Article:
Media statement by KwaZulu-Natal MEC for Transport, Community Safety and Liaison Mr Willies Mchunu on the name and shame pilot project launched
23 Feb 2011
Allow me to extend a special word of gratitude to all of you for having honoured our invitation to this media briefing. This briefing is platform to offer us an opportunity to share some of our initiatives that seek to ensure that breaking road laws is portrayed as a big deal in the province of KwaZulu-Natal.
Most importantly, we believe your partnership in this mission is imperative to change the mindset of our people. You will remember that when we launched our October Transport Month last year at the Warwick Junction, I indicated to all present that this campaign will be next on our cards and all offenders will have their full names published in our newspapers.
Today ladies and gentlemen of the media I wish to indicate that the naming and shaming of drinking and driving offenders has officially begun. In fact as government we are readying ourselves not only to make this costly tendency to use the road irresponsibly unfashionable and outmoded, but it is our priority to continue to force road-users to worry about not breaking traffic laws more than they do now.
It is clear to us as government that the violation of traffic laws is still not taken seriously, for instance, people worry more about getting caught speeding or drinking and driving rather than the other more fatal consequences of committing these crimes. To that effect, as government we are encouraged by the support we receive through public-private partnerships that help improve our people’s quality of life.
We know that alcohol abuse is one of the major problems on our roads. It is quite appropriate therefore that over the past two years the South African Breweries (SAB) as producers of alcoholic beverages have been proactive about collaborating with provincial government in bringing road offenders to book.
The increasing number of alcohol evidence centres that SAB has sponsored in our province is adequate proof that we are on the right track to tackle deviant conduct that costs us so dearly in terms of irreplaceable human life and valuable property.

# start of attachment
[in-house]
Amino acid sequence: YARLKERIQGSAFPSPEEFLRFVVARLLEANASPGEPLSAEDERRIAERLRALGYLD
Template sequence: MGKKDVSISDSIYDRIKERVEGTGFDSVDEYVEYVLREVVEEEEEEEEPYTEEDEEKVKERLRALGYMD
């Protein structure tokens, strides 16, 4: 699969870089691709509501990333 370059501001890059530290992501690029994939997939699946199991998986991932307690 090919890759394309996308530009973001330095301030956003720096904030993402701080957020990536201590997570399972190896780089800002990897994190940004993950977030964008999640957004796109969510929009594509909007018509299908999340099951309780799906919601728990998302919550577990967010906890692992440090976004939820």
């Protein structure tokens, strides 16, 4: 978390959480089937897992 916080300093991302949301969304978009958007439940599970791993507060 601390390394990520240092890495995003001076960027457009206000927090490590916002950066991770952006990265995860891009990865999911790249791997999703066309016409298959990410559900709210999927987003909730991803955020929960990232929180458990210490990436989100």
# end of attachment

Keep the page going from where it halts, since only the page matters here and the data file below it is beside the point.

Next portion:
Millions of Rand are wasted on healthcare due to so vile a thing as drunkenness which impairs concentration and reaction time and leads to countless collisions on our roads.
As a new initiative, we have now forged a partnership with non-governmental organisation (NGO) known as the South Africans Against Drunk Drivers (SADD) to introduce the ‘Name and Shame’ campaign. Here we are hoping to decrease our unacceptably high number of deaths and injuries caused by drivers who drink. We have found that one thing that stops people from driving under the influence of alcohol is that they are afraid of the legal, social and financial repercussions of their actions .That is getting tested often, being fined a lot, automatically losing their drivers’ licence, going to jail if they kill or severely injure someone, and being named so your employer, friends and family know you have committed a criminal offence.
The “Name and Shame” campaign shows people that driving licences are being removed, people are being jailed, and large fines are being given. It also serves as an example to magistrates that drunk driving is a serious matter, and encourages them to increase their fines, as per the Amendment of Fines Act that recommends fines of up to R120,000 and automatic removal of licences.
The “units of alcohol”, blood and breath alcohol concentrations and “understanding drink driving chart” is displayed to educate people about the strengths of alcohol, and the elimination rates so that they can be more responsible in future.
More than 50 drivers during each publication would suffer exposure and humiliation, and this may also enable their superiors to know that they are driving company vehicle whilst under the influence.
We believe that as our people become familiar with these consequences they will change their behaviour and stop drunk driving.
People need to know that alcohol is eliminated at a very slow rate. Elimination rate is one unit per hour maximum .The only thing that removes alcohol is time. For instance, a man who is driving with a breath alcohol level of 1.05 mg, meaning he has about 10 brandies in his body, will only be sober in 10 hours time.
It is highly unacceptable that in this province from 1 to 31 December 2010 we arrested 416 drivers who were caught for drunk driving. From 1 to 31 January 2011 we had arrested 215 drivers for drunk driving.
Today ladies and gentlemen, we call upon all our media houses to come on board and ensure that we clean up our roads. We know that a few publications have partnered with us in this initiative and we thank them for that. But like I have said, let us all be partners. Let us remember that this year 2011 marks the beginning of a “Decade of Activism for Road Safety”, as the whole world endeavours to curb road deaths drastically between 2011 and 2020 in line with the United Nationas (UNs) proclamation in March last year.
I thank you
Source: KwaZulu-Natal Department of Transport
Issued by: KwaZulu-Natal Transport
23 Feb 2011
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